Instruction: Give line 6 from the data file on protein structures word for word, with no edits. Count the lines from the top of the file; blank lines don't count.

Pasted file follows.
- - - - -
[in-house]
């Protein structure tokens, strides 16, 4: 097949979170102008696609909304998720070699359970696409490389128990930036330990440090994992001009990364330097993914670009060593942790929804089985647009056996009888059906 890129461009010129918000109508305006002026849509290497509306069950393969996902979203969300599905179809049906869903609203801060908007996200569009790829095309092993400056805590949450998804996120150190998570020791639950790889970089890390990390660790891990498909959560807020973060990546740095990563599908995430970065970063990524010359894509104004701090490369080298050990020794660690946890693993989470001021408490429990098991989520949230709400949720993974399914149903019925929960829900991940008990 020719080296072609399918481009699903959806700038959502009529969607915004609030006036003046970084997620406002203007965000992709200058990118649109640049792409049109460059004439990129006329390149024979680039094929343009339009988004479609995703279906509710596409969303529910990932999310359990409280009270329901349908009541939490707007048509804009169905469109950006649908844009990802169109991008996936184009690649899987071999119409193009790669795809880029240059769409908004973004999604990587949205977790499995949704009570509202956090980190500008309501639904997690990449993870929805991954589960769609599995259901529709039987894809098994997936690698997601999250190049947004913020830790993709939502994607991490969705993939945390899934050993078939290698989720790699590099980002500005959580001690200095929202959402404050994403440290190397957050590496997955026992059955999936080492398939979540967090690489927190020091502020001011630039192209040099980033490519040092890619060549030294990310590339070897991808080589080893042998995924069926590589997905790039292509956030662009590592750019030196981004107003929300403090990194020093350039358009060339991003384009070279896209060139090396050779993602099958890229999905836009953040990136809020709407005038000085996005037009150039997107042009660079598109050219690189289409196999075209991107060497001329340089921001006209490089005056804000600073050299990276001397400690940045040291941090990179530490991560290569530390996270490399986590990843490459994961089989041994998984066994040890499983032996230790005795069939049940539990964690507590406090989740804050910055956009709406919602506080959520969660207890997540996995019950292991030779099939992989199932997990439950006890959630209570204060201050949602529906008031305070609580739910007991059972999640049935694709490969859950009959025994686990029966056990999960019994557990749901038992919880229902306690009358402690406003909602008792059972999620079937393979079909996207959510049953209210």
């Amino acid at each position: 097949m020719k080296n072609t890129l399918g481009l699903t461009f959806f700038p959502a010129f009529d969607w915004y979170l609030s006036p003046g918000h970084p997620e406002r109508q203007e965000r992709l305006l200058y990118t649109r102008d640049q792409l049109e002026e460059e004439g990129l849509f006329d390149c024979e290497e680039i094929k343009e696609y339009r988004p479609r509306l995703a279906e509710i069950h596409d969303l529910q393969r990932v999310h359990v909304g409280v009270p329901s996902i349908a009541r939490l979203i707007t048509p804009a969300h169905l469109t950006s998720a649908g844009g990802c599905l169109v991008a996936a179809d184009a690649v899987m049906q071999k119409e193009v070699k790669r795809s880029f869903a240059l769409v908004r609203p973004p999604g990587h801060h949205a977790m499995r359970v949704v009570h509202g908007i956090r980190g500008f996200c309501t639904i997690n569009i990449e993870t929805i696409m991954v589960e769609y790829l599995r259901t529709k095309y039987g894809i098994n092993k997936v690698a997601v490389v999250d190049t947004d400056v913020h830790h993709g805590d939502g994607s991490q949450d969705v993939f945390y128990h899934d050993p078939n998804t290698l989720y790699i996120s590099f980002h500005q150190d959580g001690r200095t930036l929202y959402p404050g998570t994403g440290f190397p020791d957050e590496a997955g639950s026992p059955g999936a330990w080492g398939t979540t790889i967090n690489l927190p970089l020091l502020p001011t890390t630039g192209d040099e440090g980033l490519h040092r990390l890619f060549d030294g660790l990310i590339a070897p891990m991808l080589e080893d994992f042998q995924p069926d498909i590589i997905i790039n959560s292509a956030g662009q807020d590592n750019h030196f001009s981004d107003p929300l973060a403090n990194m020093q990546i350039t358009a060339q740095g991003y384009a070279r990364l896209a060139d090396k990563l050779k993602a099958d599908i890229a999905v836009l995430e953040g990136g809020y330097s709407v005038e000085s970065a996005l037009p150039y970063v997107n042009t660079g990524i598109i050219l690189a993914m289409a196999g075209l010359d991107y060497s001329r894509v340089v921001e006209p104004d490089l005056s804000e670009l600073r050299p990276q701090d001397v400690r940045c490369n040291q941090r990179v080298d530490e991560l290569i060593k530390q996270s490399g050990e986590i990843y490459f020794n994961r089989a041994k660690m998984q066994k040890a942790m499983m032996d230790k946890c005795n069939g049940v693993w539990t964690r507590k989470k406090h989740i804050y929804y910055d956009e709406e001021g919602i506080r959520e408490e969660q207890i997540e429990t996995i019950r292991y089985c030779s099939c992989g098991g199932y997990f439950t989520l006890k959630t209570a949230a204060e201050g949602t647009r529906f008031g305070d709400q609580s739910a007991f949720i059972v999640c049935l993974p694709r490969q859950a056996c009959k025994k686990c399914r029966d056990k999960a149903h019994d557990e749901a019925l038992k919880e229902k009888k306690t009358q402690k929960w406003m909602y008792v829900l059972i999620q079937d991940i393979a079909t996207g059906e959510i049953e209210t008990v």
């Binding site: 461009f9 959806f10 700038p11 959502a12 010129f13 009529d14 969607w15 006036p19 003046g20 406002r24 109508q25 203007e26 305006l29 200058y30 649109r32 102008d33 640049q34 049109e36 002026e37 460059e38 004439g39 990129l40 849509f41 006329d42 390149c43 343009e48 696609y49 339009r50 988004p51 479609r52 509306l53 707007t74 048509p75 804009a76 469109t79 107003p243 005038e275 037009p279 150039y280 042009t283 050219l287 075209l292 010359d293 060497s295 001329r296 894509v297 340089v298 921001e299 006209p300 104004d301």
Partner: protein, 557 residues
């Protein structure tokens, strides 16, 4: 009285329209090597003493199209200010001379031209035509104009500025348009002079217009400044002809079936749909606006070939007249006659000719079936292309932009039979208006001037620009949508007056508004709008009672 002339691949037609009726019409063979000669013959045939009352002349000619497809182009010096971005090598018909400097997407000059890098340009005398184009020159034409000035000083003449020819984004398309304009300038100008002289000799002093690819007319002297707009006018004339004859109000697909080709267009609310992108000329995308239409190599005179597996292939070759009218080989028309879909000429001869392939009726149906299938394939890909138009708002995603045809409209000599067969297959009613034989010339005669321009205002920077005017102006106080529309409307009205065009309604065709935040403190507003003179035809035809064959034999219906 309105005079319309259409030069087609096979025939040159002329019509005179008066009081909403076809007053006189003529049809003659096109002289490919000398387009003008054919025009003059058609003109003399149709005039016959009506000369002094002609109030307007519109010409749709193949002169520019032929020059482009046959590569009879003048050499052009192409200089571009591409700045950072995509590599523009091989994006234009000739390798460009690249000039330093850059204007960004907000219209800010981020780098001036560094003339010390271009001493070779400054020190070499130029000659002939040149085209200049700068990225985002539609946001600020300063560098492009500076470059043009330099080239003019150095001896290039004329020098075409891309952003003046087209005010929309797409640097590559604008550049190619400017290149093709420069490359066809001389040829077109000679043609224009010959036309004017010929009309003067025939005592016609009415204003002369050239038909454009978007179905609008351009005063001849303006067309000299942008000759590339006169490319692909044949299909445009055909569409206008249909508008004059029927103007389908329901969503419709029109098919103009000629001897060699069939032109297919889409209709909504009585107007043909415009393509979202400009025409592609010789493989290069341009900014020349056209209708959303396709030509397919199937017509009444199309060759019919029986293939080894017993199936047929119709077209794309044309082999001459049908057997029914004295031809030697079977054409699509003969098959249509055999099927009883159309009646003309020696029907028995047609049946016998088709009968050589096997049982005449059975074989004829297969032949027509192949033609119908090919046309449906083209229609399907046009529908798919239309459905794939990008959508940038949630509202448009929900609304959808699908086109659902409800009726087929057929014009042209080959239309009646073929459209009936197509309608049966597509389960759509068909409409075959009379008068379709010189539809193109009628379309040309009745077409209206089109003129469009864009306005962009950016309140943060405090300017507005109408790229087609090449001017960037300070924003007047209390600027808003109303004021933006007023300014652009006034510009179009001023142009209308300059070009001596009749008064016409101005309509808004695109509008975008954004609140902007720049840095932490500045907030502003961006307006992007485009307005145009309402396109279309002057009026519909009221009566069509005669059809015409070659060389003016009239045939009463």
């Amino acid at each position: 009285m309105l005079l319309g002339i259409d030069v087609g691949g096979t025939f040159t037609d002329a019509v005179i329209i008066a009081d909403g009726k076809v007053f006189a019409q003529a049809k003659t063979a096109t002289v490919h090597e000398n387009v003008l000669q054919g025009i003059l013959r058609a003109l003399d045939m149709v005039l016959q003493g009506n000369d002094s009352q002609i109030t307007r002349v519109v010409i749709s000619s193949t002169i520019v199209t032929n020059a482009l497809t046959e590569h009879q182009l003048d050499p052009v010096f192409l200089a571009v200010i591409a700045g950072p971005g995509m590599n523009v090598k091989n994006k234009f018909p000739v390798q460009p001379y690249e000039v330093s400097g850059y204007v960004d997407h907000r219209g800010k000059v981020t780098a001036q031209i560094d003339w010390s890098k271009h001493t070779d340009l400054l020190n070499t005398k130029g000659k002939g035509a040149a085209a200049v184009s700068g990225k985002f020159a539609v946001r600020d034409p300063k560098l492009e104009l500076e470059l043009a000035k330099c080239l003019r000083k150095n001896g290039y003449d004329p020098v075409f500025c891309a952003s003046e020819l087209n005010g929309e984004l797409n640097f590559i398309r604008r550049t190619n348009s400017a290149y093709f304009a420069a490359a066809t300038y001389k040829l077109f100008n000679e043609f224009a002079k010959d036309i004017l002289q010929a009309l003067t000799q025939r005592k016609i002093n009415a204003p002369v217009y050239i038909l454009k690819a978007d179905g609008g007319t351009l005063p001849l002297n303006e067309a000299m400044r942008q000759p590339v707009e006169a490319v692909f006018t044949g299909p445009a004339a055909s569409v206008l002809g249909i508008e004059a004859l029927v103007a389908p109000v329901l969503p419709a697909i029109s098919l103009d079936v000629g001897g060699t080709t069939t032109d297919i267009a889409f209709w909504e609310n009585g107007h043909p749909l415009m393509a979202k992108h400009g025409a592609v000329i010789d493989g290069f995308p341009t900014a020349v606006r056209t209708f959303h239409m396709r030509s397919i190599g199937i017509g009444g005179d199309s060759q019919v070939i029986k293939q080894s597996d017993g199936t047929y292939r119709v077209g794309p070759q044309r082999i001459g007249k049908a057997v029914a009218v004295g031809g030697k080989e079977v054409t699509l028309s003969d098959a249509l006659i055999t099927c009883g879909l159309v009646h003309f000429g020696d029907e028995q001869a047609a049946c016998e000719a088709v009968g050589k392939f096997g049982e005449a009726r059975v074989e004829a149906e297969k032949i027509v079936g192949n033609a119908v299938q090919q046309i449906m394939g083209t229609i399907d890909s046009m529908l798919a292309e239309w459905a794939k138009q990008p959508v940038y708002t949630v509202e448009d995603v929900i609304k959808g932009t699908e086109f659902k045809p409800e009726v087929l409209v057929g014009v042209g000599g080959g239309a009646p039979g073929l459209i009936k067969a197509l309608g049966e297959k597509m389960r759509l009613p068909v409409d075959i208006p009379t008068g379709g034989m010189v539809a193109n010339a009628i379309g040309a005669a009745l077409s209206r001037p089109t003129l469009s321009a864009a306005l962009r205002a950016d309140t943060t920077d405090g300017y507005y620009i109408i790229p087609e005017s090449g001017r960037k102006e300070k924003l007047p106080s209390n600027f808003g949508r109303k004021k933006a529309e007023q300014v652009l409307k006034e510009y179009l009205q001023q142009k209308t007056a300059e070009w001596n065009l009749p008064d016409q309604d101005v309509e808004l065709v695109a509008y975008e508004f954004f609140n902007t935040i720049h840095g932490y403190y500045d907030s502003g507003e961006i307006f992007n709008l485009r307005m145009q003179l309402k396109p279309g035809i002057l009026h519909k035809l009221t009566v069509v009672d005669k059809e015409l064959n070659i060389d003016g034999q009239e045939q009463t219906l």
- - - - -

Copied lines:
């Protein structure tokens, strides 16, 4: 009285329209090597003493199209200010001379031209035509104009500025348009002079217009400044002809079936749909606006070939007249006659000719079936292309932009039979208006001037620009949508007056508004709008009672 002339691949037609009726019409063979000669013959045939009352002349000619497809182009010096971005090598018909400097997407000059890098340009005398184009020159034409000035000083003449020819984004398309304009300038100008002289000799002093690819007319002297707009006018004339004859109000697909080709267009609310992108000329995308239409190599005179597996292939070759009218080989028309879909000429001869392939009726149906299938394939890909138009708002995603045809409209000599067969297959009613034989010339005669321009205002920077005017102006106080529309409307009205065009309604065709935040403190507003003179035809035809064959034999219906 309105005079319309259409030069087609096979025939040159002329019509005179008066009081909403076809007053006189003529049809003659096109002289490919000398387009003008054919025009003059058609003109003399149709005039016959009506000369002094002609109030307007519109010409749709193949002169520019032929020059482009046959590569009879003048050499052009192409200089571009591409700045950072995509590599523009091989994006234009000739390798460009690249000039330093850059204007960004907000219209800010981020780098001036560094003339010390271009001493070779400054020190070499130029000659002939040149085209200049700068990225985002539609946001600020300063560098492009500076470059043009330099080239003019150095001896290039004329020098075409891309952003003046087209005010929309797409640097590559604008550049190619400017290149093709420069490359066809001389040829077109000679043609224009010959036309004017010929009309003067025939005592016609009415204003002369050239038909454009978007179905609008351009005063001849303006067309000299942008000759590339006169490319692909044949299909445009055909569409206008249909508008004059029927103007389908329901969503419709029109098919103009000629001897060699069939032109297919889409209709909504009585107007043909415009393509979202400009025409592609010789493989290069341009900014020349056209209708959303396709030509397919199937017509009444199309060759019919029986293939080894017993199936047929119709077209794309044309082999001459049908057997029914004295031809030697079977054409699509003969098959249509055999099927009883159309009646003309020696029907028995047609049946016998088709009968050589096997049982005449059975074989004829297969032949027509192949033609119908090919046309449906083209229609399907046009529908798919239309459905794939990008959508940038949630509202448009929900609304959808699908086109659902409800009726087929057929014009042209080959239309009646073929459209009936197509309608049966597509389960759509068909409409075959009379008068379709010189539809193109009628379309040309009745077409209206089109003129469009864009306005962009950016309140943060405090300017507005109408790229087609090449001017960037300070924003007047209390600027808003109303004021933006007023300014652009006034510009179009001023142009209308300059070009001596009749008064016409101005309509808004695109509008975008954004609140902007720049840095932490500045907030502003961006307006992007485009307005145009309402396109279309002057009026519909009221009566069509005669059809015409070659060389003016009239045939009463």